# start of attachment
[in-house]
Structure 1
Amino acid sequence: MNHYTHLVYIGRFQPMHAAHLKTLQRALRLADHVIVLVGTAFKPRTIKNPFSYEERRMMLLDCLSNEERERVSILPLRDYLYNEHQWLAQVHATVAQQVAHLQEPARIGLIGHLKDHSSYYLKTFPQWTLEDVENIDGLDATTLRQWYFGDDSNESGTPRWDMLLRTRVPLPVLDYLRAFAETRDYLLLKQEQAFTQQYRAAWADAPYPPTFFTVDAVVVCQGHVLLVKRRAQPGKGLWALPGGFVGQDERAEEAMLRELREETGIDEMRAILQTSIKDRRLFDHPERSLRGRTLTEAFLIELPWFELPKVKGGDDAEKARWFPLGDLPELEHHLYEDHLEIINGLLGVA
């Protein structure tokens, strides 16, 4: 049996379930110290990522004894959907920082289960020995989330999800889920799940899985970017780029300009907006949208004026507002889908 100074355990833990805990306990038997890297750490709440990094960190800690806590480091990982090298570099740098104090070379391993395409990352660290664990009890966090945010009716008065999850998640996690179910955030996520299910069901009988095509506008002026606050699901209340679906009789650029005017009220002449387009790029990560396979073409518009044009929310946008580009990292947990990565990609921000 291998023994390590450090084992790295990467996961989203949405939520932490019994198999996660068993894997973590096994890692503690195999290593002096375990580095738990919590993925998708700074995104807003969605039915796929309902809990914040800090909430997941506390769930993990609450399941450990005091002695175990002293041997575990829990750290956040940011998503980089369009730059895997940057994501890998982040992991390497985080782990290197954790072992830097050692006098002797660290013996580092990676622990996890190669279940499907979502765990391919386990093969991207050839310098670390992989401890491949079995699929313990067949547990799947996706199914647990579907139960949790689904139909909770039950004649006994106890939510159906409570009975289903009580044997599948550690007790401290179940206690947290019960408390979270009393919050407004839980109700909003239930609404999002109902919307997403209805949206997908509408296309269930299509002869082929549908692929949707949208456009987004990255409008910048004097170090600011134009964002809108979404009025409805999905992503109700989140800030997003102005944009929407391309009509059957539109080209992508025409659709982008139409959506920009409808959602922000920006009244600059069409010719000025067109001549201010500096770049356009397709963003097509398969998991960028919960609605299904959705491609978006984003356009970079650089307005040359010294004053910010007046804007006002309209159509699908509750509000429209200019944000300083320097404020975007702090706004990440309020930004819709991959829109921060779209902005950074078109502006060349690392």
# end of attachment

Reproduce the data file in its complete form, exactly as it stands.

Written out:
[in-house]
Structure 1
Amino acid sequence: MNHYTHLVYIGRFQPMHAAHLKTLQRALRLADHVIVLVGTAFKPRTIKNPFSYEERRMMLLDCLSNEERERVSILPLRDYLYNEHQWLAQVHATVAQQVAHLQEPARIGLIGHLKDHSSYYLKTFPQWTLEDVENIDGLDATTLRQWYFGDDSNESGTPRWDMLLRTRVPLPVLDYLRAFAETRDYLLLKQEQAFTQQYRAAWADAPYPPTFFTVDAVVVCQGHVLLVKRRAQPGKGLWALPGGFVGQDERAEEAMLRELREETGIDEMRAILQTSIKDRRLFDHPERSLRGRTLTEAFLIELPWFELPKVKGGDDAEKARWFPLGDLPELEHHLYEDHLEIINGLLGVA
């Protein structure tokens, strides 16, 4: 049996379930110290990522004894959907920082289960020995989330999800889920799940899985970017780029300009907006949208004026507002889908 100074355990833990805990306990038997890297750490709440990094960190800690806590480091990982090298570099740098104090070379391993395409990352660290664990009890966090945010009716008065999850998640996690179910955030996520299910069901009988095509506008002026606050699901209340679906009789650029005017009220002449387009790029990560396979073409518009044009929310946008580009990292947990990565990609921000 291998023994390590450090084992790295990467996961989203949405939520932490019994198999996660068993894997973590096994890692503690195999290593002096375990580095738990919590993925998708700074995104807003969605039915796929309902809990914040800090909430997941506390769930993990609450399941450990005091002695175990002293041997575990829990750290956040940011998503980089369009730059895997940057994501890998982040992991390497985080782990290197954790072992830097050692006098002797660290013996580092990676622990996890190669279940499907979502765990391919386990093969991207050839310098670390992989401890491949079995699929313990067949547990799947996706199914647990579907139960949790689904139909909770039950004649006994106890939510159906409570009975289903009580044997599948550690007790401290179940206690947290019960408390979270009393919050407004839980109700909003239930609404999002109902919307997403209805949206997908509408296309269930299509002869082929549908692929949707949208456009987004990255409008910048004097170090600011134009964002809108979404009025409805999905992503109700989140800030997003102005944009929407391309009509059957539109080209992508025409659709982008139409959506920009409808959602922000920006009244600059069409010719000025067109001549201010500096770049356009397709963003097509398969998991960028919960609605299904959705491609978006984003356009970079650089307005040359010294004053910010007046804007006002309209159509699908509750509000429209200019944000300083320097404020975007702090706004990440309020930004819709991959829109921060779209902005950074078109502006060349690392």